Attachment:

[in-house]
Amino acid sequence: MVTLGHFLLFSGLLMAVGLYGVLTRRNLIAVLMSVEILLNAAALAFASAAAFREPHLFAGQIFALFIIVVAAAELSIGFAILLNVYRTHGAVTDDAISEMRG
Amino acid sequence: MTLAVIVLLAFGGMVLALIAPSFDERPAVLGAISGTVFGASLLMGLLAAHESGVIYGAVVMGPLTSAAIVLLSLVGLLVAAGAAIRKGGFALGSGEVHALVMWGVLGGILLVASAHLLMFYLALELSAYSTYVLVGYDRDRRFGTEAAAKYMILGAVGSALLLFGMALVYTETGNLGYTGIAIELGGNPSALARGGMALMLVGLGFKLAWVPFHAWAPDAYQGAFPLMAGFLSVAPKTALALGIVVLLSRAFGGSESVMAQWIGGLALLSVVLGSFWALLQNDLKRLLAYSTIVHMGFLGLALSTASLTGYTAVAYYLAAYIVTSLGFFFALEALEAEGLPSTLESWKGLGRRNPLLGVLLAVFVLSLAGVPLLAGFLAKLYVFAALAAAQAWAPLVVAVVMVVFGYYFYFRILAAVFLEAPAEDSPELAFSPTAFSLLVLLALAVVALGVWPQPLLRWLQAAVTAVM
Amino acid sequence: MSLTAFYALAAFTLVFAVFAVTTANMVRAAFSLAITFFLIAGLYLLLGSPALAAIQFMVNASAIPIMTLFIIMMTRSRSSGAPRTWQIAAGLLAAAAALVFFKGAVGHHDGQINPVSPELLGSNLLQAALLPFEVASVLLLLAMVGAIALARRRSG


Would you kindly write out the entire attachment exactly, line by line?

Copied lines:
[in-house]
Amino acid sequence: MVTLGHFLLFSGLLMAVGLYGVLTRRNLIAVLMSVEILLNAAALAFASAAAFREPHLFAGQIFALFIIVVAAAELSIGFAILLNVYRTHGAVTDDAISEMRG
Amino acid sequence: MTLAVIVLLAFGGMVLALIAPSFDERPAVLGAISGTVFGASLLMGLLAAHESGVIYGAVVMGPLTSAAIVLLSLVGLLVAAGAAIRKGGFALGSGEVHALVMWGVLGGILLVASAHLLMFYLALELSAYSTYVLVGYDRDRRFGTEAAAKYMILGAVGSALLLFGMALVYTETGNLGYTGIAIELGGNPSALARGGMALMLVGLGFKLAWVPFHAWAPDAYQGAFPLMAGFLSVAPKTALALGIVVLLSRAFGGSESVMAQWIGGLALLSVVLGSFWALLQNDLKRLLAYSTIVHMGFLGLALSTASLTGYTAVAYYLAAYIVTSLGFFFALEALEAEGLPSTLESWKGLGRRNPLLGVLLAVFVLSLAGVPLLAGFLAKLYVFAALAAAQAWAPLVVAVVMVVFGYYFYFRILAAVFLEAPAEDSPELAFSPTAFSLLVLLALAVVALGVWPQPLLRWLQAAVTAVM
Amino acid sequence: MSLTAFYALAAFTLVFAVFAVTTANMVRAAFSLAITFFLIAGLYLLLGSPALAAIQFMVNASAIPIMTLFIIMMTRSRSSGAPRTWQIAAGLLAAAAALVFFKGAVGHHDGQINPVSPELLGSNLLQAALLPFEVASVLLLLAMVGAIALARRRSG